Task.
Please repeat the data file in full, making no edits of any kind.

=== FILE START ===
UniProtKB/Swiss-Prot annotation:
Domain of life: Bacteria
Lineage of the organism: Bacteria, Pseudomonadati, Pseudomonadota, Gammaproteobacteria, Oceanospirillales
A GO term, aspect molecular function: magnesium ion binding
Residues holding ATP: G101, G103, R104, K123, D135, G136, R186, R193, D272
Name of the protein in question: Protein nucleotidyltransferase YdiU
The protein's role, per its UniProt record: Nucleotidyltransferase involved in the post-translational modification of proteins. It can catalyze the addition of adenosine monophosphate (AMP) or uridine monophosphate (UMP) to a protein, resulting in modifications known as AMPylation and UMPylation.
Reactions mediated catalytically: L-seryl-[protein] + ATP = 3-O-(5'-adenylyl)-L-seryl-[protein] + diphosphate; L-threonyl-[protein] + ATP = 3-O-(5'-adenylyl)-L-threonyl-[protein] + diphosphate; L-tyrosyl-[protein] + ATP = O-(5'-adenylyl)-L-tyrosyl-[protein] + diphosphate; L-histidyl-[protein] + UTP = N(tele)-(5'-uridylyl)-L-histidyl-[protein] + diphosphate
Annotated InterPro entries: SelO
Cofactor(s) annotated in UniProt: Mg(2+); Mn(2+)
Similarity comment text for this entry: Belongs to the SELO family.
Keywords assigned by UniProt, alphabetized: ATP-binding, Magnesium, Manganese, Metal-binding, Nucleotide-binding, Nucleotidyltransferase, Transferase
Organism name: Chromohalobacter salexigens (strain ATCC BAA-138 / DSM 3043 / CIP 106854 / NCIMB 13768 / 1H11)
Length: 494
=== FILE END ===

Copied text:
UniProtKB/Swiss-Prot annotation:
Domain of life: Bacteria
Lineage of the organism: Bacteria, Pseudomonadati, Pseudomonadota, Gammaproteobacteria, Oceanospirillales
A GO term, aspect molecular function: magnesium ion binding
Residues holding ATP: G101, G103, R104, K123, D135, G136, R186, R193, D272
Name of the protein in question: Protein nucleotidyltransferase YdiU
The protein's role, per its UniProt record: Nucleotidyltransferase involved in the post-translational modification of proteins. It can catalyze the addition of adenosine monophosphate (AMP) or uridine monophosphate (UMP) to a protein, resulting in modifications known as AMPylation and UMPylation.
Reactions mediated catalytically: L-seryl-[protein] + ATP = 3-O-(5'-adenylyl)-L-seryl-[protein] + diphosphate; L-threonyl-[protein] + ATP = 3-O-(5'-adenylyl)-L-threonyl-[protein] + diphosphate; L-tyrosyl-[protein] + ATP = O-(5'-adenylyl)-L-tyrosyl-[protein] + diphosphate; L-histidyl-[protein] + UTP = N(tele)-(5'-uridylyl)-L-histidyl-[protein] + diphosphate
Annotated InterPro entries: SelO
Cofactor(s) annotated in UniProt: Mg(2+); Mn(2+)
Similarity comment text for this entry: Belongs to the SELO family.
Keywords assigned by UniProt, alphabetized: ATP-binding, Magnesium, Manganese, Metal-binding, Nucleotide-binding, Nucleotidyltransferase, Transferase
Organism name: Chromohalobacter salexigens (strain ATCC BAA-138 / DSM 3043 / CIP 106854 / NCIMB 13768 / 1H11)
Length: 494